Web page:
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American poetry

The Collected Poems of W. S. Merwin (two-volume set). Edited by J. D. McClatchy. Library of America, 2013. 1531p. HB, $75.

W. S. Merwin, the Eternal Apprentice

Merwin's awesome range, intensity, and feral strangeness are evident in a new two-volume Library of America edition, beautifully edited by J. D. McClatchy. Nearly 1,500 pages in all, it represents an oeuvre so large as to make Robert Lowell’s prodigious output seem puny.

American Poetry and Poetry Criticism Now

The American poetry scene has not gone back to the days of the midcentury generation—nor should it. It also largely avoids the least attractive development that claimed the intervening years, when the ancient quarrel between philosophy and poetry returned as farce.

Greengrocer

Having made the maze of cartons, bins,
and scales, he moves, aproned, unseen among them,
the architectures his to build and rebuild

House Sparrows

They are here, in the eaves, the clothesline pole,
hayloft—everywhere she looks—and everywhere
she goes they are there before her, in town

Dead and Divine, and Brother of All

On Tuesday, December 16, the New York Herald printed a list of soldiers killed or wounded at Fredericksburg, including an entry for “First Lieutenant G. W. Whitmore, Company D,” of the 51st New York Infantry. It was mid-morning when poet Walt Whitman saw the item and surmised that it referred to his brother George.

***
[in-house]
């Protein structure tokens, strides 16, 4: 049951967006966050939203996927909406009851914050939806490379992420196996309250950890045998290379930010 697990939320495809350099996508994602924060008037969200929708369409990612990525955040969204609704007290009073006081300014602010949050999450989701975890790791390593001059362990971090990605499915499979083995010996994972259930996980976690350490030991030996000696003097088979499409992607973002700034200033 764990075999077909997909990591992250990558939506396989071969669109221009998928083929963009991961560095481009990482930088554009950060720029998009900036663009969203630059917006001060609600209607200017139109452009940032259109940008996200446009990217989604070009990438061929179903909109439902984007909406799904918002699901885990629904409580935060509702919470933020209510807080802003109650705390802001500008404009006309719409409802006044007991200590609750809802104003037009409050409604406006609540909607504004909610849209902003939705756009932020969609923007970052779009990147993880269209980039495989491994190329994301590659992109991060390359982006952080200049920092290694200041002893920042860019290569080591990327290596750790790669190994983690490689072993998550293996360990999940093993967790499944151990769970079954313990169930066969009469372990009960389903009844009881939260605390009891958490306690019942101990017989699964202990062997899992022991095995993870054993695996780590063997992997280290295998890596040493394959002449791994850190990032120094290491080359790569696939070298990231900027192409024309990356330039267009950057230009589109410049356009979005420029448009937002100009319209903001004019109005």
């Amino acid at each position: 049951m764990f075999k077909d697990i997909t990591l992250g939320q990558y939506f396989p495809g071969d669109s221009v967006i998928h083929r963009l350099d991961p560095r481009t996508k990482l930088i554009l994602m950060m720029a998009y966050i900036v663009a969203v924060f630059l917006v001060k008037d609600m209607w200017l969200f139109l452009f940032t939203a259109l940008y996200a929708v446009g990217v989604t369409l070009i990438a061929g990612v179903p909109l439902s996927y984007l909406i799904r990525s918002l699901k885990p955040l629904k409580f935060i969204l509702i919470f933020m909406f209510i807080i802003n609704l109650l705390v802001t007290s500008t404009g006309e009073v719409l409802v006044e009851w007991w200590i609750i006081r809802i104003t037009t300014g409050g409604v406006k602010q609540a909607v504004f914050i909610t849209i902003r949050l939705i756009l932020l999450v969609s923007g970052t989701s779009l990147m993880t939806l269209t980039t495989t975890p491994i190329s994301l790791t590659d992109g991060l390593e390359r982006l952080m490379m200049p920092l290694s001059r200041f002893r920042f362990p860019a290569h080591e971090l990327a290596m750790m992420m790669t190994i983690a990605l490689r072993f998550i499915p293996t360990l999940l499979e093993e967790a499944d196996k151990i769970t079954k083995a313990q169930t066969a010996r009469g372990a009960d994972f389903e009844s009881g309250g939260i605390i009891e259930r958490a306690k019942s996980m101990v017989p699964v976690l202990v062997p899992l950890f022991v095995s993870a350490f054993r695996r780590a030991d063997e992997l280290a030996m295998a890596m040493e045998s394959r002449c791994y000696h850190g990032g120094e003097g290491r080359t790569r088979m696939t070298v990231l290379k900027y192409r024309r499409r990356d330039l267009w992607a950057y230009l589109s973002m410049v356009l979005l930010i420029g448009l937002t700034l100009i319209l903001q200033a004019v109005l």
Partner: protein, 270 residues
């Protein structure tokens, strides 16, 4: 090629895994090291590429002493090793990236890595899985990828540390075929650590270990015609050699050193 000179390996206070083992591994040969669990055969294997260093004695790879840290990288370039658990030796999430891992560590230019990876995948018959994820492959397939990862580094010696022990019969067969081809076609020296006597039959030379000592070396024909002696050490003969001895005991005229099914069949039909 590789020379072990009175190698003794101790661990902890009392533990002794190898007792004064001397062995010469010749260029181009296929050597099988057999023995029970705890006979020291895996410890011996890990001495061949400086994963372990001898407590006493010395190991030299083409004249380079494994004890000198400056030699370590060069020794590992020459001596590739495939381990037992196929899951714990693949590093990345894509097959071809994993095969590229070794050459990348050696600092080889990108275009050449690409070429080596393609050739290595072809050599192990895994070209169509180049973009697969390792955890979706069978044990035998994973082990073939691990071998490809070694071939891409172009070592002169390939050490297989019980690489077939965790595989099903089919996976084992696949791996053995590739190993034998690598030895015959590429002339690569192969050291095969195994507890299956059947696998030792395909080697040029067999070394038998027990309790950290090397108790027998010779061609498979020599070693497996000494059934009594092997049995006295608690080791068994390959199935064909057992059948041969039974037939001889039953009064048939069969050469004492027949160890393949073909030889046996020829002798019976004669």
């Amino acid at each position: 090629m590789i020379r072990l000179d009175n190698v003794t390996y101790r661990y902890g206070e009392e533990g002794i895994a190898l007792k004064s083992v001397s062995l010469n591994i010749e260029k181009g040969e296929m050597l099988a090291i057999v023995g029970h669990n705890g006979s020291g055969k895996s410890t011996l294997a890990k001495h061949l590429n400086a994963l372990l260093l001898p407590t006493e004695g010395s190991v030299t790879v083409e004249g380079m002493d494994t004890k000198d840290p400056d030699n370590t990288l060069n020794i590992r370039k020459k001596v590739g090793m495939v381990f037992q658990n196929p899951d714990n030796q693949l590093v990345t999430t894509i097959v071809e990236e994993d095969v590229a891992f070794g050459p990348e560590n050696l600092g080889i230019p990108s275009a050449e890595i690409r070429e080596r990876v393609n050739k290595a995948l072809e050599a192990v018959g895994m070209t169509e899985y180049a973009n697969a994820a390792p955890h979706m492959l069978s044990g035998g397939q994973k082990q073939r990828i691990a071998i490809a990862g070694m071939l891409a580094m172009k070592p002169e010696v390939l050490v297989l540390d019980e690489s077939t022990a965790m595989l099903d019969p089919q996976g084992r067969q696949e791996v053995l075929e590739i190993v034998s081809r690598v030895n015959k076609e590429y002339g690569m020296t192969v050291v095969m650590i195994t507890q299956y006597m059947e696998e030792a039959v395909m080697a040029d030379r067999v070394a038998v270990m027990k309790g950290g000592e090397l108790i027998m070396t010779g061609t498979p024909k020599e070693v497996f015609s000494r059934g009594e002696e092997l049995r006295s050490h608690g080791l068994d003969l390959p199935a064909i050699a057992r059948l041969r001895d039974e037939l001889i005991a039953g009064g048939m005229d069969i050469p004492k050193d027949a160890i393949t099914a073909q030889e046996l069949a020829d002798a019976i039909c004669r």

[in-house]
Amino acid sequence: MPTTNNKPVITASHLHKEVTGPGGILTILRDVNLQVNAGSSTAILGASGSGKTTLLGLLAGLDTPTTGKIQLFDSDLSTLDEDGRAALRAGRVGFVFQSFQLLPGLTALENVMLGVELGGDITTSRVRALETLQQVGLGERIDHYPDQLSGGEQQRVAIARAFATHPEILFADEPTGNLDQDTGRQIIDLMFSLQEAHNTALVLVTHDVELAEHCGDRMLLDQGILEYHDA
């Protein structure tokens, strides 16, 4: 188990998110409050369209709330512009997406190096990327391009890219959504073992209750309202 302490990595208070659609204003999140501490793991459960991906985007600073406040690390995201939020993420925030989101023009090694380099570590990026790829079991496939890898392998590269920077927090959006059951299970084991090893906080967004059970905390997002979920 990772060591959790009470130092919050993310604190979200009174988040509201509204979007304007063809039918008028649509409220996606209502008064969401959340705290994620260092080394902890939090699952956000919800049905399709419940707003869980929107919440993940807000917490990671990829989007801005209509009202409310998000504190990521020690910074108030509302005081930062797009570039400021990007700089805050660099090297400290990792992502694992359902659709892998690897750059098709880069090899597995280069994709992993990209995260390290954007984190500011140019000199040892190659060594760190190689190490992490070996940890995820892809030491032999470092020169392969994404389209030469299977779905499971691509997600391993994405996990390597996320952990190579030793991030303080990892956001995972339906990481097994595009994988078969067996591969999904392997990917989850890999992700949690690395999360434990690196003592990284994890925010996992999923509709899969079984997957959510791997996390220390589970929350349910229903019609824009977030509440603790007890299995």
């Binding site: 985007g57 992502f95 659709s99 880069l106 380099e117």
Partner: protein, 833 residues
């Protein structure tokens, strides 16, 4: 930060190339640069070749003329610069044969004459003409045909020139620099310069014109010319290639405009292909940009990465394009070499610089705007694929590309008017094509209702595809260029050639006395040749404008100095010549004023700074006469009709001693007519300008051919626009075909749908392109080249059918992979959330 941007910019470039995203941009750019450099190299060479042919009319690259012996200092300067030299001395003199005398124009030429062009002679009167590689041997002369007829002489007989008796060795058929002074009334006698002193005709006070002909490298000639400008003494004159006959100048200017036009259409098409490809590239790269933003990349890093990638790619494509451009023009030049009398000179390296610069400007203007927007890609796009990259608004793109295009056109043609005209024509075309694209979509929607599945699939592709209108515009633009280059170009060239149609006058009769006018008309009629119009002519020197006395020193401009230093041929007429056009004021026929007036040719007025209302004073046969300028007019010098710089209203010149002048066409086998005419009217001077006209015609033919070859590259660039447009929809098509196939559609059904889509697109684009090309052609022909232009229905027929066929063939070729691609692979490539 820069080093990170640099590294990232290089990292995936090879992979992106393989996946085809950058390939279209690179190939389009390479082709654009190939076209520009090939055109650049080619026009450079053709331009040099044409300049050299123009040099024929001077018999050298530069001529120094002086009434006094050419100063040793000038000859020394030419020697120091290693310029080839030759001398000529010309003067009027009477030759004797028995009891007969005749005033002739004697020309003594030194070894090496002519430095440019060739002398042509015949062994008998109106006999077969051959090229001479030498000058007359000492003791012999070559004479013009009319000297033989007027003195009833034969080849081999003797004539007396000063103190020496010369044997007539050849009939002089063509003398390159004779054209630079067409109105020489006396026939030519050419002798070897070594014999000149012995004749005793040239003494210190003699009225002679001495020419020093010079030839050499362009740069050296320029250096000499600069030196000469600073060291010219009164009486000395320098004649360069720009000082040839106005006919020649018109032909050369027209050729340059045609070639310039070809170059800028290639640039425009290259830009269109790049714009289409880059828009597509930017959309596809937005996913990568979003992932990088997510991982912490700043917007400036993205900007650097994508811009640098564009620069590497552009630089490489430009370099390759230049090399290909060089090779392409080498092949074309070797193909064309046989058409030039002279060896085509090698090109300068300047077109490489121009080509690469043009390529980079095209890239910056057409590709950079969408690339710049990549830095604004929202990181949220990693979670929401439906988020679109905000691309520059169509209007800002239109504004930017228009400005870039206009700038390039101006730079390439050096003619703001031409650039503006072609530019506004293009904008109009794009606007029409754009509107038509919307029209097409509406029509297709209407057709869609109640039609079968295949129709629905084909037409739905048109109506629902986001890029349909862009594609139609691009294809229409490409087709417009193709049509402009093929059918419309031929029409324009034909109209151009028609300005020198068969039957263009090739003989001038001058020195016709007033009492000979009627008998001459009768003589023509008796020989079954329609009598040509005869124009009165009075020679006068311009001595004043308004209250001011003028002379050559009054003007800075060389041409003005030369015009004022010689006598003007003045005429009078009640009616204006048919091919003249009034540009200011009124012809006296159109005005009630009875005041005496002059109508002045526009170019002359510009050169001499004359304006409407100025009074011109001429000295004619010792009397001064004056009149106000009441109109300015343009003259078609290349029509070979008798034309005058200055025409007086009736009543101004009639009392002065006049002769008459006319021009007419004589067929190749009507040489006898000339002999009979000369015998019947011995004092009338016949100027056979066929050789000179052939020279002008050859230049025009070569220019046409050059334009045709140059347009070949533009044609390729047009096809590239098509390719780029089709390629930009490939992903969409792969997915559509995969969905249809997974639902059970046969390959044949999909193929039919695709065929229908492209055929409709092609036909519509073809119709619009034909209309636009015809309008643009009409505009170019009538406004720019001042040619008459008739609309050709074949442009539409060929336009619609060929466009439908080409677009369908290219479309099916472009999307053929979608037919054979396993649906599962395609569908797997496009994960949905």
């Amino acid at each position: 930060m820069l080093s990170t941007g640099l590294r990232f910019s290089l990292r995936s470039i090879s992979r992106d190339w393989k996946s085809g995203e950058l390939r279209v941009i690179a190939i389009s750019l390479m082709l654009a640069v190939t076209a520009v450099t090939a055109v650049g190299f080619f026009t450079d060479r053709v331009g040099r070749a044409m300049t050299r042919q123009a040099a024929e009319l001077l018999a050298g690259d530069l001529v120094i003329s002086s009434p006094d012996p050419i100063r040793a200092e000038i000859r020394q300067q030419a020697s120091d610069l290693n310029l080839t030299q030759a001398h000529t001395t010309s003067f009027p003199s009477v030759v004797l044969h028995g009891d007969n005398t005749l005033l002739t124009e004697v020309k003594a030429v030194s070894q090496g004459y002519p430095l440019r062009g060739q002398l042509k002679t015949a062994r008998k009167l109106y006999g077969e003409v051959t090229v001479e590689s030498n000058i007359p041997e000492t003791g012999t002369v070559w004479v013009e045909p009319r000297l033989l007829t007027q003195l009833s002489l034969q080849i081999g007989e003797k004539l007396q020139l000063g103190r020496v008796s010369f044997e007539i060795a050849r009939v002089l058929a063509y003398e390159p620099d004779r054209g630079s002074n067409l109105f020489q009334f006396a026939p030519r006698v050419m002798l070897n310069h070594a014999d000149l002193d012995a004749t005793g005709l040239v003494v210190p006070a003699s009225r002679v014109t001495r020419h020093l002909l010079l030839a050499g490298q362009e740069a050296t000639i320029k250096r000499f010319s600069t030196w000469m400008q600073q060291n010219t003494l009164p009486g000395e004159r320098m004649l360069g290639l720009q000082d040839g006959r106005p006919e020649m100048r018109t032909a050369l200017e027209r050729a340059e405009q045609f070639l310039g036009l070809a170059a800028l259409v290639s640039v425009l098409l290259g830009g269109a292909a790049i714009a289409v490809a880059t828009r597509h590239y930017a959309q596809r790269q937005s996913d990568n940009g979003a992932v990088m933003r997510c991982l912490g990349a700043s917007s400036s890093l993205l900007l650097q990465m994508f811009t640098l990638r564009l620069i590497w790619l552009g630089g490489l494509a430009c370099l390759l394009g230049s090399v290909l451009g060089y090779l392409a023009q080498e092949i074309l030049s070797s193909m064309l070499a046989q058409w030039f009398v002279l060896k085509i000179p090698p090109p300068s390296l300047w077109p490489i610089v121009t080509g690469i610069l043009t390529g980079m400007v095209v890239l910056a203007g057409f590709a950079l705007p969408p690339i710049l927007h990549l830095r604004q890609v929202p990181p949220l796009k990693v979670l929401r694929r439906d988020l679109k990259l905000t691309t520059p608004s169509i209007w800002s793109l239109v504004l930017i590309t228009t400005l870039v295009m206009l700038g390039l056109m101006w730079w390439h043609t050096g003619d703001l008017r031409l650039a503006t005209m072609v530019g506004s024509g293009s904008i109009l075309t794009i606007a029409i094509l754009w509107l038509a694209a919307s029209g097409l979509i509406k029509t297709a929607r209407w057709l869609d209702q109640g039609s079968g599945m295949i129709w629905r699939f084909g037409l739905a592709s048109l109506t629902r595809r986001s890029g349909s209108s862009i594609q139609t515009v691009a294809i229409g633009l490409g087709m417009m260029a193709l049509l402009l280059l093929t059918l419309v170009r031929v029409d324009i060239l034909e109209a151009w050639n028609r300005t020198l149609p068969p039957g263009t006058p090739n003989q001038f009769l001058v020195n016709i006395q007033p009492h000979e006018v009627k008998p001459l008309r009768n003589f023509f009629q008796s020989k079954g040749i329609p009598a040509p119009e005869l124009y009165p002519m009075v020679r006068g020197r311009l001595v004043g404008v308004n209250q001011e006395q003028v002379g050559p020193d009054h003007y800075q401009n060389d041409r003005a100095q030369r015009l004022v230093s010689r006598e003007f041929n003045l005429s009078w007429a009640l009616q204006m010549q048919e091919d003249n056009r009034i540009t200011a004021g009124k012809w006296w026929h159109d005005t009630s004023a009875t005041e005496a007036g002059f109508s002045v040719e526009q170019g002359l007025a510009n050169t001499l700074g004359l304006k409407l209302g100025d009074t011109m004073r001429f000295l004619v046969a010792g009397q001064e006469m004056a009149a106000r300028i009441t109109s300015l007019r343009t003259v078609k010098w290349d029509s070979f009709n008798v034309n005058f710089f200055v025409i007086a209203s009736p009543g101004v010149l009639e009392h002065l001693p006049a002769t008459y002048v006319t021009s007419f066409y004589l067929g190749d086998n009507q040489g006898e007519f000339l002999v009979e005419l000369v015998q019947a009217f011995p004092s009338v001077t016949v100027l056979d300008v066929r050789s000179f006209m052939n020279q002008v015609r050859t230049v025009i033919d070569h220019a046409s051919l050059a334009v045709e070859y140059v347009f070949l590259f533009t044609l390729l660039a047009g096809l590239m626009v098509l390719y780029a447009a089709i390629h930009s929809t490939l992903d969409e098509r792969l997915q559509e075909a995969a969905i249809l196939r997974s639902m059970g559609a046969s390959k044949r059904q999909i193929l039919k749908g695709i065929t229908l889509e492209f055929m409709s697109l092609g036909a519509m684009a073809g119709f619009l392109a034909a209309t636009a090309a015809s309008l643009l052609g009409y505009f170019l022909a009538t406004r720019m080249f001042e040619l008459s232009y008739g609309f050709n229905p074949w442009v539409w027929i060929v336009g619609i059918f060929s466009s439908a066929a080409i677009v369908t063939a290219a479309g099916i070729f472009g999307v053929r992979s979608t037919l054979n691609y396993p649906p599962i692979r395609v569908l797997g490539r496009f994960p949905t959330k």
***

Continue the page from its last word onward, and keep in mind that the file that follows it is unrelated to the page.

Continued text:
Song of Sanity

Walt Whitman was a poet of hope and encouragement, but his greatest poem is bleak at heart, ripped bloody, and shredded with despair. He was our verbal cheerleader, our avid egoist as well as our most enthusiastic inclusionist.

Whitman’s Compost

Walt Whitman, Charles Feinberg Collection, Library of Congress The day Abraham Lincoln was first elected president, the Prince of Wales (later King Edward VII) arrived in Washington, DC, to find, in the words of a British reporter, a “strange ci [...]

The Self in the Poem

Through you I shall be born again; myself again and again; myself without others; myself with a tomb; myself beyond death. I imagine you taking my name; I imagine you saying “myself myself” again and again. And suddenly there will be no blue sky [...]

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